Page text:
The world's media is back at Belmarsh to discover if the man behind WikiLeaks, Julian Assange, will be sent to Sweden to answer sex allegations. Channel 4 News will be tweeting updates from court.

WikiLeaks founder Julian Assange at his extradition hearing. (Reuters)

Legions of reporters and satellite vans returned to Belmarsh Magistrates' Court in south east London this morning to learn the fate of Julian Assange.

The former computer hacker turned WikiLeaks editor is at the centre of sex allegations which first came to light last year as the 39-year-old's whistleblowing website gained world notoriety for releasing tens of thousands of secret logs recorded by US troops in Afghanistan, and later Iraq. In the autumn there was a further mass leak of diplomatic cables to and from the US.

Mr Assange denies any wrongdoing and claims the attempts to send him back to Sweden - where the alleged sexual offences took place - are "politically motivated" and disproportionate to the claims being made against him. He has not been charged by Swedish authorities.

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The extradition hearing was due to conclude on Tuesday but has been extended to allow more time for evidence and for the closing statements of both UK prosecutor Clare Montgomery QC and Mr Assange's legal team. It is unclear if the hearings will conclude today or whether the process will need more time.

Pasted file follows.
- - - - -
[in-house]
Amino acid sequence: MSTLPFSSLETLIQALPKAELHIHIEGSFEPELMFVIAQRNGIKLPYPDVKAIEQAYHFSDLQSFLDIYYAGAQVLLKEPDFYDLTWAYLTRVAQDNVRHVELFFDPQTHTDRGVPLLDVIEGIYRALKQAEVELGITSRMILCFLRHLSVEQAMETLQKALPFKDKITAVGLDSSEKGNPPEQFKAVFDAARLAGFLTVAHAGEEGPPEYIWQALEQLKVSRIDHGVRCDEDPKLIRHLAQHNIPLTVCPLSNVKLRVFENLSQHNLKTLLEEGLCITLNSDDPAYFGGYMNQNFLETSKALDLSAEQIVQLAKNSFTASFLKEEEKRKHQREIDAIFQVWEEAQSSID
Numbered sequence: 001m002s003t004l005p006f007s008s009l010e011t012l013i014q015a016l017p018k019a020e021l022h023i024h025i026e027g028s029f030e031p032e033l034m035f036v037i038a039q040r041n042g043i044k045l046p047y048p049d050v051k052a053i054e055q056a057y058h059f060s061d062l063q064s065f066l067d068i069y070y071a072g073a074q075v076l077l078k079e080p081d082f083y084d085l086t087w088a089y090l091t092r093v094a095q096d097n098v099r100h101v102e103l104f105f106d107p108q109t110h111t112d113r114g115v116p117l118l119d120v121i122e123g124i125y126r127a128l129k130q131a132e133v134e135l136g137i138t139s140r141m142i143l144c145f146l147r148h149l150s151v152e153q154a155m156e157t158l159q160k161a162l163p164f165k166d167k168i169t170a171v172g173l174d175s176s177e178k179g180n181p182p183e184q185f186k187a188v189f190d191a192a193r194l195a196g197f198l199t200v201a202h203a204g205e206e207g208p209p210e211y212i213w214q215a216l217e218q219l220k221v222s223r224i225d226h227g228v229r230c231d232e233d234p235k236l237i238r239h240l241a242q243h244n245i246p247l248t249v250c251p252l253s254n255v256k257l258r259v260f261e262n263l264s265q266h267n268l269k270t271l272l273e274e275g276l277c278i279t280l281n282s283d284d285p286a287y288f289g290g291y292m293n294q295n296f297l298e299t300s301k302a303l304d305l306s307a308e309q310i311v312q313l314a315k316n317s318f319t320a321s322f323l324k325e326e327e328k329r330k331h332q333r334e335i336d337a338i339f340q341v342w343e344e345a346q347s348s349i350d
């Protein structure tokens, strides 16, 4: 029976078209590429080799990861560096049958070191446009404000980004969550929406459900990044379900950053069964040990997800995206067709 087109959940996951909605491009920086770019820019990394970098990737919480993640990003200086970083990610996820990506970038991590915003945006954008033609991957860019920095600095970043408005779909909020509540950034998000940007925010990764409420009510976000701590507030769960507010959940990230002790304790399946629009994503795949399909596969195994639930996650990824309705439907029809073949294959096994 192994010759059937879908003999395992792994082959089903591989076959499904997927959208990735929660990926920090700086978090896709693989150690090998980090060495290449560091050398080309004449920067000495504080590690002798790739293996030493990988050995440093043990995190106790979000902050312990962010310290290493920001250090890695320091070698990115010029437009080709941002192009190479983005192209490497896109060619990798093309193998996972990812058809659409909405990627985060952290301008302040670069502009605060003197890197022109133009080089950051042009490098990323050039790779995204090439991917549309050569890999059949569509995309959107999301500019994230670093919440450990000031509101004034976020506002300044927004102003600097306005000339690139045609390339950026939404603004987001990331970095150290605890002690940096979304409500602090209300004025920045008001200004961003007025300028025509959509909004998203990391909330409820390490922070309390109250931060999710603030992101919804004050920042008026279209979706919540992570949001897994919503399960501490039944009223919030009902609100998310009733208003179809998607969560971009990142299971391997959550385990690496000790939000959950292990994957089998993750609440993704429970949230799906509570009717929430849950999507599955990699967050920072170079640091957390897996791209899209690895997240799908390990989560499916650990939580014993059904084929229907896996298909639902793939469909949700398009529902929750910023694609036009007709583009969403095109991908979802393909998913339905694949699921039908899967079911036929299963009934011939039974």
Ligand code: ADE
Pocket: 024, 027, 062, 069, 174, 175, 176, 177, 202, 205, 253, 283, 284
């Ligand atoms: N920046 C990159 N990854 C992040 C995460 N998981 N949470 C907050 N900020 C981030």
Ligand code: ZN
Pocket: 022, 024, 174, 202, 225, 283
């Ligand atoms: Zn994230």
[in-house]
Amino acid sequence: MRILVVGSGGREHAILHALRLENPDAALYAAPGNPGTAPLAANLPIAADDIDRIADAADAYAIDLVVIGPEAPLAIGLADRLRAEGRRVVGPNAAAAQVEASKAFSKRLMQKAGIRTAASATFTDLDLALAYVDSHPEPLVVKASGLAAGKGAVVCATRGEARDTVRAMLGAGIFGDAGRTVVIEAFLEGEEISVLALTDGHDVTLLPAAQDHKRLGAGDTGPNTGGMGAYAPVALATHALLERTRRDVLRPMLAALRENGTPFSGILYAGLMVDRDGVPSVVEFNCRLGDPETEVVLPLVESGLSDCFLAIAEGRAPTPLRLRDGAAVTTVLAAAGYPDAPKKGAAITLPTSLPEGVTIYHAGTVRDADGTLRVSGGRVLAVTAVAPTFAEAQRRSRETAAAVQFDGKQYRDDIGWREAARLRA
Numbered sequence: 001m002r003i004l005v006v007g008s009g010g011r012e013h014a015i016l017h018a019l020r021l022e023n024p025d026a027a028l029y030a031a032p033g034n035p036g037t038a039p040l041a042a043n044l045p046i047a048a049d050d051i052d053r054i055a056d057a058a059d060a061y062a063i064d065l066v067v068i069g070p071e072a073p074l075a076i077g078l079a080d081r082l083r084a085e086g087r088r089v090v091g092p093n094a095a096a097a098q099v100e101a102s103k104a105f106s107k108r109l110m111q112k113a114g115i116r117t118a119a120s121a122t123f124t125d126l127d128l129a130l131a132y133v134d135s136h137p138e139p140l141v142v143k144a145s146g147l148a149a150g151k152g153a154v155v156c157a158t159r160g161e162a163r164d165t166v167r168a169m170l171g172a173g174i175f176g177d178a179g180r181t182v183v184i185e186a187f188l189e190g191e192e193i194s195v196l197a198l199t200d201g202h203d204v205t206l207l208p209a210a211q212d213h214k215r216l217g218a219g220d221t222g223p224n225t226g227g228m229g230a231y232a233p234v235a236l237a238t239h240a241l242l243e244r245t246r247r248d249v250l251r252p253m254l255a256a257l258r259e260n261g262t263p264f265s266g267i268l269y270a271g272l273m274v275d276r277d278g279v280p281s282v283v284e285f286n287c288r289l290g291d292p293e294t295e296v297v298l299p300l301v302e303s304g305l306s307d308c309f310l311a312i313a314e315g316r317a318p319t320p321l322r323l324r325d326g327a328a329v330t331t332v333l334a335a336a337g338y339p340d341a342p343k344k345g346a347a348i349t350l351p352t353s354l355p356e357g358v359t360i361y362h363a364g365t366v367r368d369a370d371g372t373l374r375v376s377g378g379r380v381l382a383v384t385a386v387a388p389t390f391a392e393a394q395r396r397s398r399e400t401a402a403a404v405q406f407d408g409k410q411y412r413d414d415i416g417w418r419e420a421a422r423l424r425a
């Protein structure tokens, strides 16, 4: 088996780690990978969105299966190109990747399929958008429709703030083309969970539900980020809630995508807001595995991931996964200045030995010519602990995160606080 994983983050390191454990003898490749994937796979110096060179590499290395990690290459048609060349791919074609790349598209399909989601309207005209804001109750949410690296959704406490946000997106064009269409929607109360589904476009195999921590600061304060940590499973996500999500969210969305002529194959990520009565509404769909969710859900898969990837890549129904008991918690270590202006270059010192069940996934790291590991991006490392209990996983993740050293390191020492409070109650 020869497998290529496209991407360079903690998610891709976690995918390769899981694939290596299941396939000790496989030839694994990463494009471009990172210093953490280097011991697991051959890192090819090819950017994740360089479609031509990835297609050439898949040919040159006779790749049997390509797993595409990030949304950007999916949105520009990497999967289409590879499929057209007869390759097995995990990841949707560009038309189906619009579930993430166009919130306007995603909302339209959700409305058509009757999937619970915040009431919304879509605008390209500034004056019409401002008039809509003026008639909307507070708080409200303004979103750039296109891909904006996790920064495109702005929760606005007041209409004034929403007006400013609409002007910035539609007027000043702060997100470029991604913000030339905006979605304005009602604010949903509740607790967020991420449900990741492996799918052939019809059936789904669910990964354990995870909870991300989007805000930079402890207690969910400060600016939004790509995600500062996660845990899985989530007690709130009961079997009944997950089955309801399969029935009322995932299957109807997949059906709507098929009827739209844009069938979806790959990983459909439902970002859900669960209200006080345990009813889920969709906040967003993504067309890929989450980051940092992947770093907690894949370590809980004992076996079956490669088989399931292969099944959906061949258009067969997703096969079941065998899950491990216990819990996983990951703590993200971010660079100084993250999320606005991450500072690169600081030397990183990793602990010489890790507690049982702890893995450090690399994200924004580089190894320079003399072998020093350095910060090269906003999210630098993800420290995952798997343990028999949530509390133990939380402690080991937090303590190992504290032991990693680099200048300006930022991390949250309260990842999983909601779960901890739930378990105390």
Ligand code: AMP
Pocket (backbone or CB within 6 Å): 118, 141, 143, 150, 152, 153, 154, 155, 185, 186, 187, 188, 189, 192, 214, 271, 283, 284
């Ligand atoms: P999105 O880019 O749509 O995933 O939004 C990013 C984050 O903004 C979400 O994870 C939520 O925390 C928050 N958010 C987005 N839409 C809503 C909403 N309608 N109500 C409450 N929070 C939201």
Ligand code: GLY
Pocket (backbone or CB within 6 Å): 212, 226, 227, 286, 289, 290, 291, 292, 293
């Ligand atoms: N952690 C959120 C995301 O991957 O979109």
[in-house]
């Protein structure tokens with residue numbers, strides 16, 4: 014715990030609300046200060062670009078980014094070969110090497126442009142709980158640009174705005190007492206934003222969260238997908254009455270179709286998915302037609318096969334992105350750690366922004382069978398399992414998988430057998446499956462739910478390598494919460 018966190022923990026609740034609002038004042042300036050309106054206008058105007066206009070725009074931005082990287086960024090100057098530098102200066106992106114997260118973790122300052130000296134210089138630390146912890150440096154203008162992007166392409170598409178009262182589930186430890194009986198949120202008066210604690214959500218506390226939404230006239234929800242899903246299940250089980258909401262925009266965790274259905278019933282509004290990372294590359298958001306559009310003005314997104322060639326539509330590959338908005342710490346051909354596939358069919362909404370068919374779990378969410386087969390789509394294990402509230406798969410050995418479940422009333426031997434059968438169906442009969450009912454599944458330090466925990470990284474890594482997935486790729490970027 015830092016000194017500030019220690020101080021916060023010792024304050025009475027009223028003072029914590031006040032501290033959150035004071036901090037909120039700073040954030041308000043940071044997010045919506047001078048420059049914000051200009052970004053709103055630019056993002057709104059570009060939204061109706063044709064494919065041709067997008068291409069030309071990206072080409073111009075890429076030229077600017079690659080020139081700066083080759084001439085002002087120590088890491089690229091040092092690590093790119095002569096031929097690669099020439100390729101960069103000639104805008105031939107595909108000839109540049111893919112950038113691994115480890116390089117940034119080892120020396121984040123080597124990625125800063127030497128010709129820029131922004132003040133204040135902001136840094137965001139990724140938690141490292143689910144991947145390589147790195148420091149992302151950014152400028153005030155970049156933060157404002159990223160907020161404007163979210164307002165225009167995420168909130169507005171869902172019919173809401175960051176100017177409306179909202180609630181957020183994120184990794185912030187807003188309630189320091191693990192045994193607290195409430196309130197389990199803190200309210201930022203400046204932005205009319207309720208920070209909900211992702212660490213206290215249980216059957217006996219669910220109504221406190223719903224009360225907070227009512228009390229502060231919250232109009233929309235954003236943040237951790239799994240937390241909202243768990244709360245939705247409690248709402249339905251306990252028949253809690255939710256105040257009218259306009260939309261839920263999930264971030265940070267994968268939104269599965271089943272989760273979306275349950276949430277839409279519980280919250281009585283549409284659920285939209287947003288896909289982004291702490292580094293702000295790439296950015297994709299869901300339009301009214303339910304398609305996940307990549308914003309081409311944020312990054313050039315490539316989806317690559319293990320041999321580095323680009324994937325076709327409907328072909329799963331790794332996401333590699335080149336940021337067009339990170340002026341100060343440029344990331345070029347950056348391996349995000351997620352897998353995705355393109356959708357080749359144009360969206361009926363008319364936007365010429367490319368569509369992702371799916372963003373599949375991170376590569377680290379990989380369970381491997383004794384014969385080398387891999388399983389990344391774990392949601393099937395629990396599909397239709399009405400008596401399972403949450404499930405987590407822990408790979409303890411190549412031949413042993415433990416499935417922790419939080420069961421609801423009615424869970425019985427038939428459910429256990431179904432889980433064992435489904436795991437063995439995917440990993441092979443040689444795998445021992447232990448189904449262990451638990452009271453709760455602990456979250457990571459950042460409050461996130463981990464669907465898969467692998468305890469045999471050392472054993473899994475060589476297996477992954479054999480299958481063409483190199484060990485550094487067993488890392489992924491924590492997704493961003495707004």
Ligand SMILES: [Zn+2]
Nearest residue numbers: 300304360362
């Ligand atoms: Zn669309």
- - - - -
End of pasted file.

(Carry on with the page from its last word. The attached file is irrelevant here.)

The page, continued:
Lawyer Mark Stephens has called for the Swedish prosecutor, Marianne Ny, to attend the hearing in person to answer questions.

On Tuesday he said outside court: "I challenge you, Marianne Ny, come to London, come on Friday, subject yourself to the cross-examination by Geoffrey Robertson QC."

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Text messages

A series of texts may yet prove crucial in the Australian's fight to remain in the UK. His Swedish lawyer Bjorn Hurtig told the hearing on Tuesday that investigators had collected around 100 messages to and from his two alleged victims that undermine the case against Mr Assange.

Bjorn Hurtig, 45, said the texts reveal the women expected to be paid, intended to get "revenge" and wanted to contact newspapers to "blast" his client's reputation. But he said that prosecutors in Stockholm have not let him have copies, making it impossible for Assange to receive a fair trial.

Clare Montgomery QC, for the Swedish authorities, said there was no reason that Assange should not be sent overseas to answer the case against him.
Earlier this week she outlined how prosecutors tried more than 10 times over one week last September to arrange an interview with Assange before he left the country.

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Mr Assange is accused of sexually assaulting one woman and faces one charge of raping another during a week-long visit to Stockholm last August.
District Judge Howard Riddle, who moved the case from Westminster because of overwhelming media interest, adjourned the over-running case until today for a final session.

Follow @channel4news on Twitter for latest updates from court.